Using a process similar to that outlined above, Steitz was able to solve the structure of the ribosome. However, given the size and complexity of the ribosome, numerous technical difficulties were presented, which Steitz had to overcome before completely solving the structure.

Peter Moore, Sterling Professor of Chemistry, Professor of Molecular Bio­physics and Biochemistry, and a long-time collaborator and friend of Steitz, notes that once ribosome crystals were formed, it was relatively simple to measure the diffraction pattern of the macromolecule. However, determining the relative phases of each of the thousands of reflections contained was a difficult task.

The “phase problem” as it has been called in X-ray crystallography is a loss of phase information when taking physical measurements. The light detectors that are used in diffraction experiments collect only the intensity of the light. Since wavelengths contain both amplitudeand phase a crucial piece of information is lost. This informa­tion must be reconstituted to effectively determine the electron density map of a macromolecule, in this case the ribosome.

To circumvent the phase challenge, Steitz modified and then applied an approach Max Perutz devised to solve structures of macromolecules. He utilized a large multi-atom tungsten cluster to serve as a “reference point.” This cluster would bind with the ribosome and diffract as a distinct reference spot. This reference information allowed Steitz to form a complete data once multiple partial sets were integrated.

An additional problem rests within the limitations of computing software. As Steitz states, “The computer technology used in solving the ribosome was not available until the 1990s. It would have been impossible to accomplish the task before then.”

Overall, Steitz had to employ familiar techniques in a novel fashion.” Once these problems were solved, solving the structure of the ribosome was relatively straight-forward,” noted Steitz. Utilizing the complete diffraction data, which contained the phase information, Steitz performed a Fourier synthesis to determine the electron density of the ribosome and subsequently, its structure.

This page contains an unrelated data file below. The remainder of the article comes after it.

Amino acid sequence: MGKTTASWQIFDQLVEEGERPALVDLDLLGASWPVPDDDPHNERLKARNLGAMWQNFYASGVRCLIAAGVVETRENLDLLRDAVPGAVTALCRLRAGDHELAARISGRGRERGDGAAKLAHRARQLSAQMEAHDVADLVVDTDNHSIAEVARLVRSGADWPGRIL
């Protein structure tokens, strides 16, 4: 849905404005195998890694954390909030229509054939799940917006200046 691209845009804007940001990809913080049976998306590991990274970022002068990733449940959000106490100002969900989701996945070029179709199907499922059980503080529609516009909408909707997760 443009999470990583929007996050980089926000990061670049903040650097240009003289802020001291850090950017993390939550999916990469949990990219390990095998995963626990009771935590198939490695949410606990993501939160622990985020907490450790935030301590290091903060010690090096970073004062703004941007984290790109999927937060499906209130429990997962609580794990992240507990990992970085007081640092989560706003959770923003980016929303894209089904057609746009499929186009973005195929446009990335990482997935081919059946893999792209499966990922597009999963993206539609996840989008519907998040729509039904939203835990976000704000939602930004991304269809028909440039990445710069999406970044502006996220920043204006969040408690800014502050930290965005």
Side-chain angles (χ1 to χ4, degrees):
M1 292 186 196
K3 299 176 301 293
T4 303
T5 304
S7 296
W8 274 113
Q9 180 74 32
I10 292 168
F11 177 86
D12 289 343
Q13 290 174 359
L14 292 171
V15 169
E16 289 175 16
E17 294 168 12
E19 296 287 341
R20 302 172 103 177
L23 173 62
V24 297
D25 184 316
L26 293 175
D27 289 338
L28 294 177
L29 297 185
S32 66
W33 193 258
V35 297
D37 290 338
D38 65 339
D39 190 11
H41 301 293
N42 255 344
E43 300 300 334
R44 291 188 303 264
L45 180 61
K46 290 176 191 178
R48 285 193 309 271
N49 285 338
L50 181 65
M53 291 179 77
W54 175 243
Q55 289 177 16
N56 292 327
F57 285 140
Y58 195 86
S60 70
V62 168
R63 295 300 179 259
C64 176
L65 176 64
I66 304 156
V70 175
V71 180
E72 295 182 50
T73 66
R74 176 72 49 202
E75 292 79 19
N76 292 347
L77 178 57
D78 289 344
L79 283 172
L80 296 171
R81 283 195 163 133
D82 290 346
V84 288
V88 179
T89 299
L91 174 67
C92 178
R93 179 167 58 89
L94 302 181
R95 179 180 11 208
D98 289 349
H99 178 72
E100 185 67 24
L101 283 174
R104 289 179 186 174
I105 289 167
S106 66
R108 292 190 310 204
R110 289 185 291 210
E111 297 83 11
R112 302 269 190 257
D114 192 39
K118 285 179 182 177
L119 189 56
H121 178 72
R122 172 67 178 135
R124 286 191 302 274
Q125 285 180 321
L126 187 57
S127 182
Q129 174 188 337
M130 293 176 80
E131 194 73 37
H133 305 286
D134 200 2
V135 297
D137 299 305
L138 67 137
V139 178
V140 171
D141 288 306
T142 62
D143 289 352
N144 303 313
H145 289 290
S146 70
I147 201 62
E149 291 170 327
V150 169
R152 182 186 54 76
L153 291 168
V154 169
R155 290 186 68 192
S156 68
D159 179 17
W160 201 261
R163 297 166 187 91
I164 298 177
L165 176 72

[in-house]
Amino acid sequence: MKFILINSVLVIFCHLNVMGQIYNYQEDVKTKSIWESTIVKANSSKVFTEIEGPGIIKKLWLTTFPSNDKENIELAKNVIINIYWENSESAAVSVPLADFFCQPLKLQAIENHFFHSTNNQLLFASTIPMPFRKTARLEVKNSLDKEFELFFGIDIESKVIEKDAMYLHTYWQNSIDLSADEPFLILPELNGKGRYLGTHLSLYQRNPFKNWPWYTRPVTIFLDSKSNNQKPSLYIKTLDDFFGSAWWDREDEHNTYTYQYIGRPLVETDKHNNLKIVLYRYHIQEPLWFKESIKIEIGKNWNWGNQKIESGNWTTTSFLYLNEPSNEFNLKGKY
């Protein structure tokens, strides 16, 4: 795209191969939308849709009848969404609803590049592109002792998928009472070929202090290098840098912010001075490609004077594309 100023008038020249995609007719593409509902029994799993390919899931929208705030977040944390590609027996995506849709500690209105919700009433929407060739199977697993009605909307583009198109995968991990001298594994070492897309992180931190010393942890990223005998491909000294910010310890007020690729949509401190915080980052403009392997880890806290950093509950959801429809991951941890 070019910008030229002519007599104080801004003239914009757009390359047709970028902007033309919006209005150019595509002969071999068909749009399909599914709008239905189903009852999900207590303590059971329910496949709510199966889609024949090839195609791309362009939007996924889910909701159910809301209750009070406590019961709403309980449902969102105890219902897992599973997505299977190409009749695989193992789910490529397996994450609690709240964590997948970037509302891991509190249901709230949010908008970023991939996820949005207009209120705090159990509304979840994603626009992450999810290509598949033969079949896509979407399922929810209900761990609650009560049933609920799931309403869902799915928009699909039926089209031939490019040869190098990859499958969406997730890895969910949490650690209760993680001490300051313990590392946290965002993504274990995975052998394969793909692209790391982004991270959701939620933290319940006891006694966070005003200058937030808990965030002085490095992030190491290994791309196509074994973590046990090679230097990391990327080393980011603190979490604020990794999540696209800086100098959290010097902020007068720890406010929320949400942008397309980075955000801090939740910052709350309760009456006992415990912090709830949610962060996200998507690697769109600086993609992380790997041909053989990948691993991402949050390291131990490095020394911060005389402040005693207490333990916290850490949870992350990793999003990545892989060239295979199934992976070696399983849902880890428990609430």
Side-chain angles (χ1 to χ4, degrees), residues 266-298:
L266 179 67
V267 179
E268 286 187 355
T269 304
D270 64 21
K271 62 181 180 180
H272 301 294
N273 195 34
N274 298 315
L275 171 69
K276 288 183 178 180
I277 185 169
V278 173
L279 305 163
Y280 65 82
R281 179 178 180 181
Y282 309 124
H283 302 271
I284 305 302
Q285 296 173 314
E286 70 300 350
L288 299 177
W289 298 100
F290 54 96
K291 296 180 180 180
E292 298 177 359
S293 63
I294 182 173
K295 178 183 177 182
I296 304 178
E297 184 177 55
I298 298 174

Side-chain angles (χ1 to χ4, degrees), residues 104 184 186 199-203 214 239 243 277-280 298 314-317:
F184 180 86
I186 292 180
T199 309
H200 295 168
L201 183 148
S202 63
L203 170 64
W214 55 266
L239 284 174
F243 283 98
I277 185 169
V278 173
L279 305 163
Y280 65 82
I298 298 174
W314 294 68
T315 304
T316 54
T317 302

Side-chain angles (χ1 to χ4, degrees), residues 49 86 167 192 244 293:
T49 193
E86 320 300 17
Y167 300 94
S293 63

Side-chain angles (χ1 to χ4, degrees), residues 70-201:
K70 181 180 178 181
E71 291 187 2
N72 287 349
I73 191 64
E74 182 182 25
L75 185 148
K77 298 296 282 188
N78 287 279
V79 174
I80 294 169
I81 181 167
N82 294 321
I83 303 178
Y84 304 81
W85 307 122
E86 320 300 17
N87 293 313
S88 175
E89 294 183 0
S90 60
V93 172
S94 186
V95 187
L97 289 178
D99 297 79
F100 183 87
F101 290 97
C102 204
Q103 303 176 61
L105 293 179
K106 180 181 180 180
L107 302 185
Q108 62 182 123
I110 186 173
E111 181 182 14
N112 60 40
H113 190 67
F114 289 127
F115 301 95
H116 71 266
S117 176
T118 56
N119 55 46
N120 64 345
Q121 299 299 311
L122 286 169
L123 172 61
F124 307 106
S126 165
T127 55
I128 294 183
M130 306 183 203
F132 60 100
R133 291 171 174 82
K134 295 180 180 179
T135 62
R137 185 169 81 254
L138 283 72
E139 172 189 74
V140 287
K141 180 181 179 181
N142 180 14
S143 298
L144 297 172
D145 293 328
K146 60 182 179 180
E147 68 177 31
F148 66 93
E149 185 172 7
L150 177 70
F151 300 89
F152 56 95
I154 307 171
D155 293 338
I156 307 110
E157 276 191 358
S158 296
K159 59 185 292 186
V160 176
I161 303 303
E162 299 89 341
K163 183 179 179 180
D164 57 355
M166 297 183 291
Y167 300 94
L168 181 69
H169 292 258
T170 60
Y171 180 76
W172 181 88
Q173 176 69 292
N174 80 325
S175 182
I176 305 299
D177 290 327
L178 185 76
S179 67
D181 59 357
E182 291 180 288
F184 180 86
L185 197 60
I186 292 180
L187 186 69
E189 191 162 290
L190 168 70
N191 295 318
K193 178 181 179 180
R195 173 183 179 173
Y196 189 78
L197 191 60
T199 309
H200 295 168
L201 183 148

Co-crystal structure of an antibiotic bound to the large ribosomal subunit. Image courtesy of Thomas Steitz.

Today the Steitz laboratory is tackling a plethora of new questions in molecu­lar biology. For instance, his laboratory has recently solved many structures of the ribosome complexed with a variety of antibiotics to provide a textbook for ribosome-targeted, rational-based drug design. Already, these structural insights are being successfully employed at Rib-X Pharmaceuticals, a company both Steitz and Moore help establish in New Haven, to design a new generation of effective anti­biotics. Furthermore, Steitz is investigating the various states of the ribosome during the translation pathway. These studies have the potential for profound effects in medicine and pharmaceuticals.

Peter Moore remarked, “By understand­ing how various antibiotics target the ribo­some, you can learn how to develop entire new classes of antibiotics.”

The structure of the ribosome for Steitz is not the conclusion of a journey, but the beginning of an exciting one. “For every answered question,” he said, “ten more emerge. No matter how much one pathway or process is studied, there will always be questions left unanswered.”

About the Author
PHONG LEE is a junior in Branford College majoring in Molecular Biophysics and Bio­chemistry. He is currently working in Professor Yorgo E. Modis’s laboratory studying both the structural mechanism of innate immunity and the membrane fusion of the Hepatitis-G virus.

The author would like to thank Professor Thomas Steitz, Professor Peter Moore, and Ms. Peggy A. Eatherton for their assistance with the article.